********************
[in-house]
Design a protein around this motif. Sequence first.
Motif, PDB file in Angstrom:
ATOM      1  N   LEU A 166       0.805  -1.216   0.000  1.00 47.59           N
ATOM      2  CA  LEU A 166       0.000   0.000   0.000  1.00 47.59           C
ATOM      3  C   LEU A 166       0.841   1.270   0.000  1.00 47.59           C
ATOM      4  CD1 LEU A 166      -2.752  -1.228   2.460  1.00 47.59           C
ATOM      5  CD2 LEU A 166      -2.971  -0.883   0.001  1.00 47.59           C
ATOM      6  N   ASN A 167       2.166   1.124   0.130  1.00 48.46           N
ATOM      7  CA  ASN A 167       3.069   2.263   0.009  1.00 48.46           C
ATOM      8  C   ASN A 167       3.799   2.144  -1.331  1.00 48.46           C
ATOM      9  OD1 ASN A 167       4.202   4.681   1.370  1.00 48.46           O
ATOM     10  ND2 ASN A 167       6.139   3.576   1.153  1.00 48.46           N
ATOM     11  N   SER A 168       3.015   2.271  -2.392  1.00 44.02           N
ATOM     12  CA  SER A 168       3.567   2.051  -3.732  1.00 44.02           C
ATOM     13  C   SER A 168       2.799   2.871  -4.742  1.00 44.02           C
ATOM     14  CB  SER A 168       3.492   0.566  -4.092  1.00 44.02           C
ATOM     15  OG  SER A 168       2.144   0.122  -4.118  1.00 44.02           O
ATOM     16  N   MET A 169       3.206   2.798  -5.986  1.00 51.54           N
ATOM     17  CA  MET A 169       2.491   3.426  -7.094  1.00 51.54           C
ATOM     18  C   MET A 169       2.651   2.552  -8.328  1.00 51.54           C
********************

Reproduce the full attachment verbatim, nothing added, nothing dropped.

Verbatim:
[in-house]
Design a protein around this motif. Sequence first.
Motif, PDB file in Angstrom:
ATOM      1  N   LEU A 166       0.805  -1.216   0.000  1.00 47.59           N
ATOM      2  CA  LEU A 166       0.000   0.000   0.000  1.00 47.59           C
ATOM      3  C   LEU A 166       0.841   1.270   0.000  1.00 47.59           C
ATOM      4  CD1 LEU A 166      -2.752  -1.228   2.460  1.00 47.59           C
ATOM      5  CD2 LEU A 166      -2.971  -0.883   0.001  1.00 47.59           C
ATOM      6  N   ASN A 167       2.166   1.124   0.130  1.00 48.46           N
ATOM      7  CA  ASN A 167       3.069   2.263   0.009  1.00 48.46           C
ATOM      8  C   ASN A 167       3.799   2.144  -1.331  1.00 48.46           C
ATOM      9  OD1 ASN A 167       4.202   4.681   1.370  1.00 48.46           O
ATOM     10  ND2 ASN A 167       6.139   3.576   1.153  1.00 48.46           N
ATOM     11  N   SER A 168       3.015   2.271  -2.392  1.00 44.02           N
ATOM     12  CA  SER A 168       3.567   2.051  -3.732  1.00 44.02           C
ATOM     13  C   SER A 168       2.799   2.871  -4.742  1.00 44.02           C
ATOM     14  CB  SER A 168       3.492   0.566  -4.092  1.00 44.02           C
ATOM     15  OG  SER A 168       2.144   0.122  -4.118  1.00 44.02           O
ATOM     16  N   MET A 169       3.206   2.798  -5.986  1.00 51.54           N
ATOM     17  CA  MET A 169       2.491   3.426  -7.094  1.00 51.54           C
ATOM     18  C   MET A 169       2.651   2.552  -8.328  1.00 51.54           C